What Degree Is An Approach Wedge? [When To Use It]

Your wedges are some of the most important clubs in the golf bag.

They help fill in the yardages where your irons will be too far and they also get you out of trouble if you’ve missed the putting surface.

When it comes to wedges, an approach wedge can often get confused with other types of wedges such as a sand wedge or lob wedges. So what degree are approach wedges? Let’s take a look.

What Degree Is An Approach Wedge?

What Degree Is An Approach Wedge?

What Degree Is An Approach Wedge?

An approach wedge is around 48-54 degrees of loft and is designed to fit in between a pitching and sand wedge.

However, the loft of each club can vary so it’s always a good idea to check the manufacturer’s details to know exactly what the loft of the approach wedge is.

The approach wedge is also known as a gap wedge because it’s basically filling the ‘gap’ between the lesser lofted pitching wedge and the higher lofted sand wedge.

Often, the approach wedge will have an ‘A’ on the head of it referring to it as an approach wedge or sometimes it will just have the degrees of loft such as 52°.

With the increased desire for distance in the game, many iron set lofts have been lowered, making a pitching wedge much less lofted than before.

This, therefore, leaves a bigger gap between the pitching wedge and the sand wedge, so the requirement for an approach wedge has become far more of a necessity.

Other names such as a utility wedge or an attack wedge can be used to describe the approach wedge.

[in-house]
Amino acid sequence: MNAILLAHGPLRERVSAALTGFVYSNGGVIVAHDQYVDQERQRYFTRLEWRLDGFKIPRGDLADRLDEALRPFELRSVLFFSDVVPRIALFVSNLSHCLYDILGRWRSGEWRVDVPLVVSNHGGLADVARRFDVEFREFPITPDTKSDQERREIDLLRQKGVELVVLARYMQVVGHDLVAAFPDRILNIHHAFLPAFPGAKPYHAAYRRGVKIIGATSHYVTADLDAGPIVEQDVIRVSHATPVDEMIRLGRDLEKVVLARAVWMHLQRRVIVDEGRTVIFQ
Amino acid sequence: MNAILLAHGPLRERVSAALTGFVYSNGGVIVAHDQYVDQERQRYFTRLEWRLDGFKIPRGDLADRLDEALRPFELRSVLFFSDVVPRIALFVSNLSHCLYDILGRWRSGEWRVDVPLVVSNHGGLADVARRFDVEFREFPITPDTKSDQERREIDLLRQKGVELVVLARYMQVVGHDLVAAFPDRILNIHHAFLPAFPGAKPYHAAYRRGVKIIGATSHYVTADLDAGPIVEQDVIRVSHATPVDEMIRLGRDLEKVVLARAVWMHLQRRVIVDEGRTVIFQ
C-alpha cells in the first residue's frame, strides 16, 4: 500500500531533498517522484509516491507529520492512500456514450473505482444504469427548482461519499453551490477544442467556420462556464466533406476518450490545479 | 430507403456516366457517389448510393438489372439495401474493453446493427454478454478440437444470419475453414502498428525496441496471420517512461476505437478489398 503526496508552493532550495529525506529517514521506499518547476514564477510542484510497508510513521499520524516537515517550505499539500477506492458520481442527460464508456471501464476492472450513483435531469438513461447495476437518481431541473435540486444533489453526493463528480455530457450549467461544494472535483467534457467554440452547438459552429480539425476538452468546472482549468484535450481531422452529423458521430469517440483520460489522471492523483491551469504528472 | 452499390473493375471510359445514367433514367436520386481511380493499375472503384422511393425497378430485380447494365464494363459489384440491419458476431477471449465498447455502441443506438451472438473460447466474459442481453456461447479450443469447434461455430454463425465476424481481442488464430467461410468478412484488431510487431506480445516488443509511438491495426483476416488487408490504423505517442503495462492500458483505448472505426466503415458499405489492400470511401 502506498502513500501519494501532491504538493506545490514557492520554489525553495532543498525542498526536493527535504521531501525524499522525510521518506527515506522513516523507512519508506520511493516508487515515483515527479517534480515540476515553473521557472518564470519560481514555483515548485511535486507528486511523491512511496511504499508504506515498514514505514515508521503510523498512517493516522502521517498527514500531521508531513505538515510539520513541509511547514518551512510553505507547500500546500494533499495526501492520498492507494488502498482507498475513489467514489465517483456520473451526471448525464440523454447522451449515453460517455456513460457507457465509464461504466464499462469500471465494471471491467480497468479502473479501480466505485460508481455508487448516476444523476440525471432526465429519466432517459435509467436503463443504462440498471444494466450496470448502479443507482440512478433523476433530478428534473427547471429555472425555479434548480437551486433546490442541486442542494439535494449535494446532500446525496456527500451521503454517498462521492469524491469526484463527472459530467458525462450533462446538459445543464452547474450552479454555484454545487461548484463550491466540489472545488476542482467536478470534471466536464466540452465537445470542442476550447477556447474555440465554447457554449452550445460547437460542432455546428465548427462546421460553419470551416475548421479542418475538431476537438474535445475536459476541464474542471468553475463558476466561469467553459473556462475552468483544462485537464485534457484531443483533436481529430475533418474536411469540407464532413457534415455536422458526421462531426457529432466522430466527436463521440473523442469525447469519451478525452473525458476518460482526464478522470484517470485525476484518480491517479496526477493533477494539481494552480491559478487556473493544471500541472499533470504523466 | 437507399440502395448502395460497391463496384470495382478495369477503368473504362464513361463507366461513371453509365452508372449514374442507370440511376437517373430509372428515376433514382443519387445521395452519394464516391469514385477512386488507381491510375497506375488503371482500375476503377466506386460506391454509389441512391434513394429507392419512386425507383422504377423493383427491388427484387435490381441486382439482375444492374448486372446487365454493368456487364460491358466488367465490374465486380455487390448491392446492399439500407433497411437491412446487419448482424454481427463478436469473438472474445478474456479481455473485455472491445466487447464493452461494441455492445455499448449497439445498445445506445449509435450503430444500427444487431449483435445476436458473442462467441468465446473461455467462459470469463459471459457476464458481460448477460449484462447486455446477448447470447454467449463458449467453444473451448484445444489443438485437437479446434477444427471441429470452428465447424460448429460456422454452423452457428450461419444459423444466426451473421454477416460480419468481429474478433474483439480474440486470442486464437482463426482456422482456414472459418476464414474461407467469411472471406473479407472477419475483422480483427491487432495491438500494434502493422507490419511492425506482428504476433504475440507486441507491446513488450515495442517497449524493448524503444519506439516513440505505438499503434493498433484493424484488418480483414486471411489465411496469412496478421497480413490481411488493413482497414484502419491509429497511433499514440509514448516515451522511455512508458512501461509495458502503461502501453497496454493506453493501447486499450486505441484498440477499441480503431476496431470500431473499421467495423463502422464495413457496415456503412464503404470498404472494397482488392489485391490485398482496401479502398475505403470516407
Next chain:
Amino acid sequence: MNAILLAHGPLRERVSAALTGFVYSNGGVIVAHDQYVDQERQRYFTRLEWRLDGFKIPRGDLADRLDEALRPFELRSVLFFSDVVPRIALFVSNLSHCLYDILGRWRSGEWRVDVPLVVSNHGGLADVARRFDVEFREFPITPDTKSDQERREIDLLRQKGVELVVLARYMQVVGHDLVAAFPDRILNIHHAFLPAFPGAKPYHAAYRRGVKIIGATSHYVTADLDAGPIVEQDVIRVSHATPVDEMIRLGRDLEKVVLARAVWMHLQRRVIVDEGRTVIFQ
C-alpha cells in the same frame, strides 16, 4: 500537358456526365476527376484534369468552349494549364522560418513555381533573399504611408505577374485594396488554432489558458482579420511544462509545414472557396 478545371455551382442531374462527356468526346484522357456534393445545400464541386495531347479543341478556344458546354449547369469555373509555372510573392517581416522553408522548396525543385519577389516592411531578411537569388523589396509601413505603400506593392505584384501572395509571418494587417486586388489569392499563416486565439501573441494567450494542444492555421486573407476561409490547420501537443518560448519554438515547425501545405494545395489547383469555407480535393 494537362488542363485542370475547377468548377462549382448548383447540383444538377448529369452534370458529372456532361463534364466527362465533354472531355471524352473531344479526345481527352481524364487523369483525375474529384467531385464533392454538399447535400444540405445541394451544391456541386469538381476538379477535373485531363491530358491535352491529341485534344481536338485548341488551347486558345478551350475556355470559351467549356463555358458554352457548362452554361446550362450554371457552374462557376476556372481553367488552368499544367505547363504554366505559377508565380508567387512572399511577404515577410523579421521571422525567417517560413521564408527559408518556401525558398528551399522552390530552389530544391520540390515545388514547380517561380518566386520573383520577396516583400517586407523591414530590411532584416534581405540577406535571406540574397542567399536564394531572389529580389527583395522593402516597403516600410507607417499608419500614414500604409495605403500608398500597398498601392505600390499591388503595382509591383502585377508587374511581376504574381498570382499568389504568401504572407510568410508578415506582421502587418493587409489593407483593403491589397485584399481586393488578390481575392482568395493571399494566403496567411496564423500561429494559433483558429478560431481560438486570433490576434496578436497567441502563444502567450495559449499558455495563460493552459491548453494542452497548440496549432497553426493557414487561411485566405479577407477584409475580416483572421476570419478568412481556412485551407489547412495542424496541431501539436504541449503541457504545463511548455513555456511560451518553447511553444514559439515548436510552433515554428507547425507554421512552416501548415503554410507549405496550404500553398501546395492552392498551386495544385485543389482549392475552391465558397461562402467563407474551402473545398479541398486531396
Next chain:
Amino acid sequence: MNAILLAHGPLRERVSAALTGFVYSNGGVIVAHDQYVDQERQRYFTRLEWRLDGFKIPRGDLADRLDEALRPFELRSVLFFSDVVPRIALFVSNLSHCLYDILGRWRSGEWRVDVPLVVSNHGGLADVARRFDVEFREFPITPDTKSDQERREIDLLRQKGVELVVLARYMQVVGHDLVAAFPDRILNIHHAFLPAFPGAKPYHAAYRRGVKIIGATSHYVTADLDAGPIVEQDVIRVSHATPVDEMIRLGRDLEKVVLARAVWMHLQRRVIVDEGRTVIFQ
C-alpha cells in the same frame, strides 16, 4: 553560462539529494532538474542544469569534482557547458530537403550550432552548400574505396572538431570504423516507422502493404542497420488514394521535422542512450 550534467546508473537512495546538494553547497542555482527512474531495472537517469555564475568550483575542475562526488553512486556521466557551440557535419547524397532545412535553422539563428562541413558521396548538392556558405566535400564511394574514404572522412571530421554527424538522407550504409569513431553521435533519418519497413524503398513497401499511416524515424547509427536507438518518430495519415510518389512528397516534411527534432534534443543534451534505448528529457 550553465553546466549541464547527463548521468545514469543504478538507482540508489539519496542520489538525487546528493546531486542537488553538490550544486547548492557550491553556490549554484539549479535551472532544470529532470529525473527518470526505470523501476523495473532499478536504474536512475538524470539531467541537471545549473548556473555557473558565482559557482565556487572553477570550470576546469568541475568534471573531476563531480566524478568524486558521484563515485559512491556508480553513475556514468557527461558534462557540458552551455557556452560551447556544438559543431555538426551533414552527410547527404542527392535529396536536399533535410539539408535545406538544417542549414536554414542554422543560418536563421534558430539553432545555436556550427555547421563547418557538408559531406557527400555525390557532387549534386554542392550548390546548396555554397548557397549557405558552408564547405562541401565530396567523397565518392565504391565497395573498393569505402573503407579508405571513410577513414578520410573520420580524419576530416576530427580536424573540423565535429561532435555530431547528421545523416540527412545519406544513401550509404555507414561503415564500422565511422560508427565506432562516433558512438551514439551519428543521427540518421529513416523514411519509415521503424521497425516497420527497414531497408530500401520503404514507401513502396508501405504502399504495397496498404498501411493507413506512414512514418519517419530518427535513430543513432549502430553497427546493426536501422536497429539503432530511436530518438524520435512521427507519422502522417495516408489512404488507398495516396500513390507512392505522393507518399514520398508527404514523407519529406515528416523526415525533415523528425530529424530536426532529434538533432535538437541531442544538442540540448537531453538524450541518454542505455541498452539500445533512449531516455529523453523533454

Do I Need An Approach Wedge?

The chances are if you’ve got a fairly modern set of golf irons, then they’ll have been designed to be hit far. The lofts will have been reduced to help give a slightly greater emphasis on distance.

But with this greater length, it will also mean a greater distance gap between your pitching wedge and your sand wedge.

Some modern pitching wedges these days can have a loft of 44°. If the next club in your bag is a 58° sand wedge, then you’ve got a gap of 14 degrees in the bottom end of your golf set.

Each loft degree can impact the distance of a golf ball by around three yards. So this ends up in a total of 42 yards of distance gaps. This sort of gap can become very difficult to control and judge, in an area of the game which is often the most important.

Therefore, the approach wedge works perfectly here to bridge the gap and help bring those yardages a little closer together.

By including a 50 or 52-degree wedge in your set, you’ve now got a club you can hit full-swing shots to a good distance in between the pitching wedge and sand wedge.

I’ve always had a few wedges in my bag, including a 52° gap wedge, because I feel like I’ve got far more control on pitch shots and chip shots around the green.

For full shots, I know I’ve got a distance gap of around 11 yards for each club. But it also means I’ve got greater options to flight different shots and hit half shots or spinny chips.

Having the extra wedge is very useful, and provided you’ve got no more than the maximum number of golf clubs, it would be silly not to add one to your bag.

When To Use An Approach Wedge?

Choosing when to use an approach wedge when playing a round of golf will depend on a few different factors, but generally speaking, the following are the best times to pull out the approach wedge:

Filling The Gap

The approach wedge or gap wedge is designed to fill the gap between your pitching wedge and sand wedge.

Therefore, when you’re too close to the green for a pitching wedge but too far away for a sand wedge, the approach wedge can come into its own.

A full shot with the approach wedge, perhaps a 52-degree, will work perfectly as a full-swing pitch shot.

Approach Shots